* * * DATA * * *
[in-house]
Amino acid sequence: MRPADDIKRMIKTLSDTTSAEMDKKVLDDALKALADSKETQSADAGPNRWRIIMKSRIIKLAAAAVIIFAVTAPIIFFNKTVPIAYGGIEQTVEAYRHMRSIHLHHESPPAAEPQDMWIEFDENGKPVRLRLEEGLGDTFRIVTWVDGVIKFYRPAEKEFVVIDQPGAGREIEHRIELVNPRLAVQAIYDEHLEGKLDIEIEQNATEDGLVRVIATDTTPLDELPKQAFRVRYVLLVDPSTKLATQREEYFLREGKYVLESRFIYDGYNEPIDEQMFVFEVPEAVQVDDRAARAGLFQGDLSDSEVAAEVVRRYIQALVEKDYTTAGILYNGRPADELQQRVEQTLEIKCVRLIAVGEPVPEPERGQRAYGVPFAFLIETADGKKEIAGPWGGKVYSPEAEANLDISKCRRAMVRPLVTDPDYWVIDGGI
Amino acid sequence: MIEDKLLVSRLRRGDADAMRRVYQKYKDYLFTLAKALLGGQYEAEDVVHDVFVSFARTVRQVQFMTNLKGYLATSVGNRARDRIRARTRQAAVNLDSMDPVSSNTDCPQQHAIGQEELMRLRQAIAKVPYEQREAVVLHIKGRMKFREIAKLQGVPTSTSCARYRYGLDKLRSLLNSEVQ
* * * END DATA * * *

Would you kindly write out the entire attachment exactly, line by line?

[in-house]
Amino acid sequence: MRPADDIKRMIKTLSDTTSAEMDKKVLDDALKALADSKETQSADAGPNRWRIIMKSRIIKLAAAAVIIFAVTAPIIFFNKTVPIAYGGIEQTVEAYRHMRSIHLHHESPPAAEPQDMWIEFDENGKPVRLRLEEGLGDTFRIVTWVDGVIKFYRPAEKEFVVIDQPGAGREIEHRIELVNPRLAVQAIYDEHLEGKLDIEIEQNATEDGLVRVIATDTTPLDELPKQAFRVRYVLLVDPSTKLATQREEYFLREGKYVLESRFIYDGYNEPIDEQMFVFEVPEAVQVDDRAARAGLFQGDLSDSEVAAEVVRRYIQALVEKDYTTAGILYNGRPADELQQRVEQTLEIKCVRLIAVGEPVPEPERGQRAYGVPFAFLIETADGKKEIAGPWGGKVYSPEAEANLDISKCRRAMVRPLVTDPDYWVIDGGI
Amino acid sequence: MIEDKLLVSRLRRGDADAMRRVYQKYKDYLFTLAKALLGGQYEAEDVVHDVFVSFARTVRQVQFMTNLKGYLATSVGNRARDRIRARTRQAAVNLDSMDPVSSNTDCPQQHAIGQEELMRLRQAIAKVPYEQREAVVLHIKGRMKFREIAKLQGVPTSTSCARYRYGLDKLRSLLNSEVQ